About a week before last Thursday’s historic vote, I sent a note out and concluded:

“…in the grand scope of things, Britain staying or going will have very little long-term impact on your portfolio. Sure, we might see some volatility for a bit – just like we do with every currency crisis, sovereign debt fiasco, etc…”

Do you believe me now? 🙂

Many people had not heard of #Brexit before my note 10 days ago.  But after this last weekend, it’s become a household word.  Although Thursday’s outcome doesn’t change our long-term thinking, it does give us more information.  Here is an update of what you need to know:

What just happened?

  • On Thursday, UK voters voted to leave the European Union by a very slim margin: 52% to 48%, with a 72% turnout rate. By comparison, in the last US Presidential election, turnout rate was about 57%.  This was a big vote.
  • Prime Minister David Cameron (the British equivalent of the US President) vowed to resign shortly and turn the government over to new leaders by this fall.
  • The British Pound fell in value immediately against all major currencies (see chart below against the US Dollar). Think of this as a vote of no confidence among Britain’s international trading partners.
  • Risky assets – such as stocks and currencies – were clobbered in the aftermath of the vote. European stocks are down 9% in 2 days and their US counterparts are down about 5%.
  • Traditional safe-haven assets – US Treasuries, gold, the US Dollar and the like, have rallied strongly as investors globally have sought the safety of the US (and in doing so, bid up prices accordingly).

So, what will happen from here?

  • No country has ever left the EU before, so Great Britain is truly heading into uncharted waters. This uncertainty is what is driving most of the volatility.  Because global economic growth has been so anemic over the last 18 months – especially in the euro area – a dramatic change such as this is rocking the boat and investors are being cautious until they have more information.
  • The giant search engine Google reported extraordinary spikes in searches among Britons for “What is the EU?” after polls closed for the night, suggesting some voters (especially those younger) may not have been fully aware of what they were voting for. Furthermore, some of the most prolific Leave campaigners have started backpedaling on their claims, and a petition to hold a second referendum has now reached 3 million signatures.
  • To calm volatile markets, the US Central Bank, the European Central Bank, and the Bank of Japan (the 3 largest central banks) have all pledged to pump liquidity into the system if needs be. So far, this has not been needed, and unless something dramatic happens in the next couple days, will not be needed.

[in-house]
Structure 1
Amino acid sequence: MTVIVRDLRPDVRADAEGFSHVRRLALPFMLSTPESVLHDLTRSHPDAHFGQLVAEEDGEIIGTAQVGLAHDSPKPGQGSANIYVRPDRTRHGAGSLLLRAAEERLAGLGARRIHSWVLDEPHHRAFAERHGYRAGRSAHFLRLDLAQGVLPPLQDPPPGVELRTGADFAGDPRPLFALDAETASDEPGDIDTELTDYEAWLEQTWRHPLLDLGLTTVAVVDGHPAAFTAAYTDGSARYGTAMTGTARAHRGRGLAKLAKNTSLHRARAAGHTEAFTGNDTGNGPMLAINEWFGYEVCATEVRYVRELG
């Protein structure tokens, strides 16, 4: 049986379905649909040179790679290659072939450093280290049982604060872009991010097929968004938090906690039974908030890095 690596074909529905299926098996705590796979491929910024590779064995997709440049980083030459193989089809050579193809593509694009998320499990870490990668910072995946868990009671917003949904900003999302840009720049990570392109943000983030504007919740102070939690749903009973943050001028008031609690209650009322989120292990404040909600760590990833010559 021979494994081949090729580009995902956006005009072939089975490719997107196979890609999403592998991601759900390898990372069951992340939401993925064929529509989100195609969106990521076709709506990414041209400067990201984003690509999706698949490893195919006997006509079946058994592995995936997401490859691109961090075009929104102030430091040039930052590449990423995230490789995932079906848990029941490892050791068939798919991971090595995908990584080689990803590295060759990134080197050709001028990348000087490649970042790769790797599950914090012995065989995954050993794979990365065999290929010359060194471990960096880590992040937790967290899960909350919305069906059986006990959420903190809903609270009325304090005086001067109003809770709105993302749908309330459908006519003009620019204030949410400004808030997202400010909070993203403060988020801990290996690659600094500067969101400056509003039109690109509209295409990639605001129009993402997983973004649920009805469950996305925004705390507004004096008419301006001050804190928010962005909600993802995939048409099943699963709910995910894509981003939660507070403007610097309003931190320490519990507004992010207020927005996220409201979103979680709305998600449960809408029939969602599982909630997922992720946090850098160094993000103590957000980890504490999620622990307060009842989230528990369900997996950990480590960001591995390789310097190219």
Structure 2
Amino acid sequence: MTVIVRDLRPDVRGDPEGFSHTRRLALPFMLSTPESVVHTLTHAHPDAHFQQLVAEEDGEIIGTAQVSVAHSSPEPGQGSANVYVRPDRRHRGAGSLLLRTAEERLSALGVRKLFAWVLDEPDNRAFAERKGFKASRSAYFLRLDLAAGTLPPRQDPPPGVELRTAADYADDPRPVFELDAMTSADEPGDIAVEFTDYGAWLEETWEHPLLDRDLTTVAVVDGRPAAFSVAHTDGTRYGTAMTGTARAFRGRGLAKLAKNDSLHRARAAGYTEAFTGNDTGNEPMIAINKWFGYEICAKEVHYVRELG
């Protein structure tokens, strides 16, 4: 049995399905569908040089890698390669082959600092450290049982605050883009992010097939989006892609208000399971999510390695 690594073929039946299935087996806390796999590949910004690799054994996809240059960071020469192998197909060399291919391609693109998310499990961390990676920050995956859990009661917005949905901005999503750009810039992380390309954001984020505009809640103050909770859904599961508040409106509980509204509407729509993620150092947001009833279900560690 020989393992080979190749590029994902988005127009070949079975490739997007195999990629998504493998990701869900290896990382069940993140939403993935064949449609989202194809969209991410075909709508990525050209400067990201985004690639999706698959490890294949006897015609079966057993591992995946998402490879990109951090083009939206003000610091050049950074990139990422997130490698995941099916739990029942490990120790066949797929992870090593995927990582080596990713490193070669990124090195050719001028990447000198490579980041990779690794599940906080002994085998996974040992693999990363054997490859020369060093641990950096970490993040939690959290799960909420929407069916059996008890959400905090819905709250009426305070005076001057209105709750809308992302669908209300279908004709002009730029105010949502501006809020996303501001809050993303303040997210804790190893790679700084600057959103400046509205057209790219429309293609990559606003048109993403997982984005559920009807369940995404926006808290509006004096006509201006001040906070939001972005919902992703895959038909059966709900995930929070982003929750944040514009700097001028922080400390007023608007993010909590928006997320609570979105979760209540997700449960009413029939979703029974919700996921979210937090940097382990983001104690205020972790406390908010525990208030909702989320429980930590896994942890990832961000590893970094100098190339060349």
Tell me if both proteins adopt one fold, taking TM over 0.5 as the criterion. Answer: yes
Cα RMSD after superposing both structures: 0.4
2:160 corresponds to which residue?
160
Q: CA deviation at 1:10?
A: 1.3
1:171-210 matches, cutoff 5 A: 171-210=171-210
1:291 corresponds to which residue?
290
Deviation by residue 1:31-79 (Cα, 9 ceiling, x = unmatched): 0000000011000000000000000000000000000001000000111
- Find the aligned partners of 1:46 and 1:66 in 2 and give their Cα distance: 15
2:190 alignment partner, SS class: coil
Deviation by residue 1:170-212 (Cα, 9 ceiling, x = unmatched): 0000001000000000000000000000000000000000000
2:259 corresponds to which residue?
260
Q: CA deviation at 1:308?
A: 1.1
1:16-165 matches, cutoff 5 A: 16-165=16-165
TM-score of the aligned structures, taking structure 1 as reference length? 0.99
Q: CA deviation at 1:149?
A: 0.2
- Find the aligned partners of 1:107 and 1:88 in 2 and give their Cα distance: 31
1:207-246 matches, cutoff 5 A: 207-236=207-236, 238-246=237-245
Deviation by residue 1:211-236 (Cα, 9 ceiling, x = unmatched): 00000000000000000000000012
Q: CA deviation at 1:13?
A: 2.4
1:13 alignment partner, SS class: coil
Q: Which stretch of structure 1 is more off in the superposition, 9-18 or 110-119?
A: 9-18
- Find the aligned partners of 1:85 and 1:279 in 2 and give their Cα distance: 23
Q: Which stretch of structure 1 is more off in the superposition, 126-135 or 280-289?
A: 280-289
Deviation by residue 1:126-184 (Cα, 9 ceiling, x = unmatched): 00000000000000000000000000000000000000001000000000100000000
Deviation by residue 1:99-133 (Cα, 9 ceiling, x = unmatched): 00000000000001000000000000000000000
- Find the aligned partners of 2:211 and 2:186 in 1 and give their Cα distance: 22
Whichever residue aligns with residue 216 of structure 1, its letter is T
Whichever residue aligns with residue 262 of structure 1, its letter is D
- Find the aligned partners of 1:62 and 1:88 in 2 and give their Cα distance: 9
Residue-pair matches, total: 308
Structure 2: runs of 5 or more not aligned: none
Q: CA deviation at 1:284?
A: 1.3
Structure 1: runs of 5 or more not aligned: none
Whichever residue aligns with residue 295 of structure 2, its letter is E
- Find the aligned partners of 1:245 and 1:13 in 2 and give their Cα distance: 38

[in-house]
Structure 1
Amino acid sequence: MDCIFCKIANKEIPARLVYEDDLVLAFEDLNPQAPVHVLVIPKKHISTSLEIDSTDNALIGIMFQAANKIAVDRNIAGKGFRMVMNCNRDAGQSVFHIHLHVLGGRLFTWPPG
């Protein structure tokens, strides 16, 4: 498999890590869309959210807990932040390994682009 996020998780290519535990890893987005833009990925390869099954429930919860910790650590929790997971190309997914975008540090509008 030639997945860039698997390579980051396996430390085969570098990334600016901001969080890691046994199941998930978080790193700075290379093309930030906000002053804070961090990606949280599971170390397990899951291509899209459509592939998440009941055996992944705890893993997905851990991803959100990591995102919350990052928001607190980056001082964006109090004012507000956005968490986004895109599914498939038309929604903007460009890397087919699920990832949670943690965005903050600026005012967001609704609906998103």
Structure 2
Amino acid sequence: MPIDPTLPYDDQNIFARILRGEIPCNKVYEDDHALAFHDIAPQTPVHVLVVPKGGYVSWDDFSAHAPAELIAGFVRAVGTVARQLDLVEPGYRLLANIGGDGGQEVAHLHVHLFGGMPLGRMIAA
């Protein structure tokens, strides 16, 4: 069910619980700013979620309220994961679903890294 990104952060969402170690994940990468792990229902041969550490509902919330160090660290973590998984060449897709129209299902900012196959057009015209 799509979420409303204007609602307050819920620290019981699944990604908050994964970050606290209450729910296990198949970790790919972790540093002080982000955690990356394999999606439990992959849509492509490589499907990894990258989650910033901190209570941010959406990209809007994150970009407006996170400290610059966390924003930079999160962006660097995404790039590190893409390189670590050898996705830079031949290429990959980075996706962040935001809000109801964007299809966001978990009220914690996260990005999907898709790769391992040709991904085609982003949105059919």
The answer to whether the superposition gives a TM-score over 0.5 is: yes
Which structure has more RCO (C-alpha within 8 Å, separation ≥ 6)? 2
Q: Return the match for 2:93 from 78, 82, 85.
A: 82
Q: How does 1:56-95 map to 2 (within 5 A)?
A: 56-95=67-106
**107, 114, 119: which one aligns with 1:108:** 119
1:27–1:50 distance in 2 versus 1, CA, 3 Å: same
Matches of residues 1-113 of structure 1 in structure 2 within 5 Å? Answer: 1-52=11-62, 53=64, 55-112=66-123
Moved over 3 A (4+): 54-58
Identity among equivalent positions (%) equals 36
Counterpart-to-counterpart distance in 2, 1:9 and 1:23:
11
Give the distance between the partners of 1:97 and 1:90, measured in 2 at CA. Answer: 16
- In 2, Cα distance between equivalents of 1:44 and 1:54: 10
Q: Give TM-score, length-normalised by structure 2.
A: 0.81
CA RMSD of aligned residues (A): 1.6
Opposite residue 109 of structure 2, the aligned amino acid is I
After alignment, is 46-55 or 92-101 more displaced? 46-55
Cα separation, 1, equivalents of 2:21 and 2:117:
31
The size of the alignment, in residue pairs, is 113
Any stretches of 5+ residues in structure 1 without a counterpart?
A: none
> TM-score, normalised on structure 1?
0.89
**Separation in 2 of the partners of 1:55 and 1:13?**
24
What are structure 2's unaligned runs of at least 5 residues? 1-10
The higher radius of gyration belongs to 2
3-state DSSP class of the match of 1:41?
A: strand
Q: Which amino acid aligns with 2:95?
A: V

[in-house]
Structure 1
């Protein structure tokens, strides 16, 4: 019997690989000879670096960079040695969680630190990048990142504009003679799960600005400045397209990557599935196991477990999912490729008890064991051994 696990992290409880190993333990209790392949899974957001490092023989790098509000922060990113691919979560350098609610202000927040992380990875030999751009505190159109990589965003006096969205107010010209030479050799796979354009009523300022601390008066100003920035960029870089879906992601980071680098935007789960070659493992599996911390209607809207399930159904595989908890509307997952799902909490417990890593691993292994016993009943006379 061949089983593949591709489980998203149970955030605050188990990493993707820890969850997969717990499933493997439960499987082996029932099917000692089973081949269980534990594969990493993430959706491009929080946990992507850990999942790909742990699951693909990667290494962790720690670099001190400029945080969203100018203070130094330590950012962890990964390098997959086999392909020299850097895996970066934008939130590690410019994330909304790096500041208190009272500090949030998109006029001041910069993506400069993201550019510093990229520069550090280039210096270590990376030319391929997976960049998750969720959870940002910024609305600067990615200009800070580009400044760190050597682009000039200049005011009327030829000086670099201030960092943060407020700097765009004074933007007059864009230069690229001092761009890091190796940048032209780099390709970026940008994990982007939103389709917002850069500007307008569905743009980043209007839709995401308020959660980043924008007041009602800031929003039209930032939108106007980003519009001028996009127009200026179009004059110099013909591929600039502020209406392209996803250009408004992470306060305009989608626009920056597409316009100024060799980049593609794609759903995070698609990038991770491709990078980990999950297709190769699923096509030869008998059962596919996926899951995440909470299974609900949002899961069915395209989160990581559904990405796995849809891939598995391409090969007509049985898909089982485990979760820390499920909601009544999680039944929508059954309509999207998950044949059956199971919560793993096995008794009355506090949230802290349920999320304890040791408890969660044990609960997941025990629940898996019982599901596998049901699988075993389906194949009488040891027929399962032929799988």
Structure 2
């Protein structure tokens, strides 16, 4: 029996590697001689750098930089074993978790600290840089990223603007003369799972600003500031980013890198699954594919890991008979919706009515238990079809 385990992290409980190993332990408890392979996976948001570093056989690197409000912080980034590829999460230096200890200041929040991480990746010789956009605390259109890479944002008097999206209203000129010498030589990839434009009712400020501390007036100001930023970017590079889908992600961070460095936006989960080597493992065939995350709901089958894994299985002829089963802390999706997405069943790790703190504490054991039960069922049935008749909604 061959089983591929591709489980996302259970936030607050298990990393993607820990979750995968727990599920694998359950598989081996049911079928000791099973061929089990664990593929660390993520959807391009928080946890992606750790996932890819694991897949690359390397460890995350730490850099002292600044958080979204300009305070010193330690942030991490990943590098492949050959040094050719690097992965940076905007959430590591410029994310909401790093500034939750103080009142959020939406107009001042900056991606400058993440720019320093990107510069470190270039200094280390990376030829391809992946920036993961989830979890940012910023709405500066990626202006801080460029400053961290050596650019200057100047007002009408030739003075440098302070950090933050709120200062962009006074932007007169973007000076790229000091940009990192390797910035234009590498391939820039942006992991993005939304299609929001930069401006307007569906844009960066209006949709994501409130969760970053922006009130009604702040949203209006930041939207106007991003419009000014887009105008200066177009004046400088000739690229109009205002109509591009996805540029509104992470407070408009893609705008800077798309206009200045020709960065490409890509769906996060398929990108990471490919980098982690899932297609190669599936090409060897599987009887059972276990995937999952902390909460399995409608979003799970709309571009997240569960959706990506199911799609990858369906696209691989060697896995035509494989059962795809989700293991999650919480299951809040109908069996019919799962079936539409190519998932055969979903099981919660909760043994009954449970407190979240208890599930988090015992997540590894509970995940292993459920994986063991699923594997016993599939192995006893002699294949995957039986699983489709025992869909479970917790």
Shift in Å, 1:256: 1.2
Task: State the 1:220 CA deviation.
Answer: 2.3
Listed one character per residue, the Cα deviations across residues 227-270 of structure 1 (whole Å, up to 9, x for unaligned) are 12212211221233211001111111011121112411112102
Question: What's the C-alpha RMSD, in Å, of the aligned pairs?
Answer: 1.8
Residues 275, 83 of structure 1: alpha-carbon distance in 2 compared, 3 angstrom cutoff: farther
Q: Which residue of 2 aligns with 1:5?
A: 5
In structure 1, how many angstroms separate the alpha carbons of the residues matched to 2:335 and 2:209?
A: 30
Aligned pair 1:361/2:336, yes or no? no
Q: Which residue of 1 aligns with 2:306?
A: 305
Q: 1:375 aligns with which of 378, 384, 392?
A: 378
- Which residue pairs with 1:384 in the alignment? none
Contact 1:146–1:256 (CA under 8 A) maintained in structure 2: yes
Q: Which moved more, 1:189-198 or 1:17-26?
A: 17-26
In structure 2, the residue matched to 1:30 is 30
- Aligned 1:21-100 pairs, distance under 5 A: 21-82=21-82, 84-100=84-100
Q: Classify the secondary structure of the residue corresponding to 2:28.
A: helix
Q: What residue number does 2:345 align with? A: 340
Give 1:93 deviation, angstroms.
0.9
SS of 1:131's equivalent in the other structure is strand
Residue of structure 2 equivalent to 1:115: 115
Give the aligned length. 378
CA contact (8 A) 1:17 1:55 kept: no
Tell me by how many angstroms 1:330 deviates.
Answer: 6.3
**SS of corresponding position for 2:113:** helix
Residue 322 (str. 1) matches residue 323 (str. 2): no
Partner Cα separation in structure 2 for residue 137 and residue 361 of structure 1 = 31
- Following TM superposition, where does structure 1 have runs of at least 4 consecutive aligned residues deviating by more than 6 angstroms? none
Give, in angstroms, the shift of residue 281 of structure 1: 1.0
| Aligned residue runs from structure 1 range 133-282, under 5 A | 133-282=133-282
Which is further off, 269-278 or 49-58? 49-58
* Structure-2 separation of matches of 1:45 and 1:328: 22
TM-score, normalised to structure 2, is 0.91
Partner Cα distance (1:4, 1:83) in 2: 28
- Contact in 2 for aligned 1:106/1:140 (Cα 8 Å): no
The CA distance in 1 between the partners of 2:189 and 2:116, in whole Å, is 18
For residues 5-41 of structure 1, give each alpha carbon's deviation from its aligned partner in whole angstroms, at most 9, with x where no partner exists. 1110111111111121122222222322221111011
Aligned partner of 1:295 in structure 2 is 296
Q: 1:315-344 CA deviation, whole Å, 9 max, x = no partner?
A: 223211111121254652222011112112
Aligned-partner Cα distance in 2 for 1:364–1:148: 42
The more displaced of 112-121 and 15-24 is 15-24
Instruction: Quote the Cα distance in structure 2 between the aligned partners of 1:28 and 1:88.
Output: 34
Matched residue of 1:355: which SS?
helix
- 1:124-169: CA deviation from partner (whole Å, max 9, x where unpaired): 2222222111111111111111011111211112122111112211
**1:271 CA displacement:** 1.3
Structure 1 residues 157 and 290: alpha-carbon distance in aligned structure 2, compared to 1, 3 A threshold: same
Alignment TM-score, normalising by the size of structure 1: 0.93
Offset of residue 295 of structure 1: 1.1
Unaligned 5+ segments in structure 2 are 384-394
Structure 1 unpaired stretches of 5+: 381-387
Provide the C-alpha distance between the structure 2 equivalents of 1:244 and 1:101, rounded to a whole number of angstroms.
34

So, should I be making any changes to my portfolio?

  • The key thing to remember is that Britain is not imploding; they’re simply going out on their own. Tomorrow, Britons will wake up and still need the same housing, the same transportation services, food, clothing, medical care, entertainment, and recreation they always have.  They still have jobs that produce the same amount of income and will still spend their money with their economic trading partners.  Their economy will go on; they’ll just be moving forward detached from the mothership.
  • Although the thought of ‘going it alone’ without the EU sounds scary, remember that both Switzerland and Norway – two of Europe’s rock-solid economies – are intentionally NOT members of the EU.
  • Britain represents about 4%-5% of global GDP. The US will be relatively insulated.  This will lower the global growth outlook slightly and the Fed will likely delay further rate hikes for a bit.  But let’s keep this in perspective: When you woke up this morning, other than a blip on your 401k statement, did last week’s Brexit vote have a material impact on your personal life?  Mine neither.
  • In the portfolios we’ve built for conservative investors, we sold our European stocks over a year ago and haven’t owned US stocks in a couple months. Furthermore, we have a decent position in long-dated US Bonds, which are up almost 5% in the last couple days.  These portfolios are built for events like this.
  • In the portfolios we’ve built for aggressive investors, we still hold both US stocks and to a lesser extent, European stocks. These portfolios are built for truly long-term investors. Will I kick myself for having owned euro stocks this month? Probably.  Will I smile 15-20 years from now when I look back at what I bought them for back when it was ‘scary’ – kind of like China melting down 6 weeks ago (remember that?), the Greece fire in 2015, the Russian financial crisis (2014, or 1998 – take your pick), the Asian Crisis of 1997, or the Swedish Banking Crisis of 1992?  Probably.  It’s almost hard to believe, but these are ‘normal’ market events.  This is the risk that drives the return.

I’ll conclude with the last half of my note from last time:

“…take it in stride, stick to your plan, and keep the long-view…”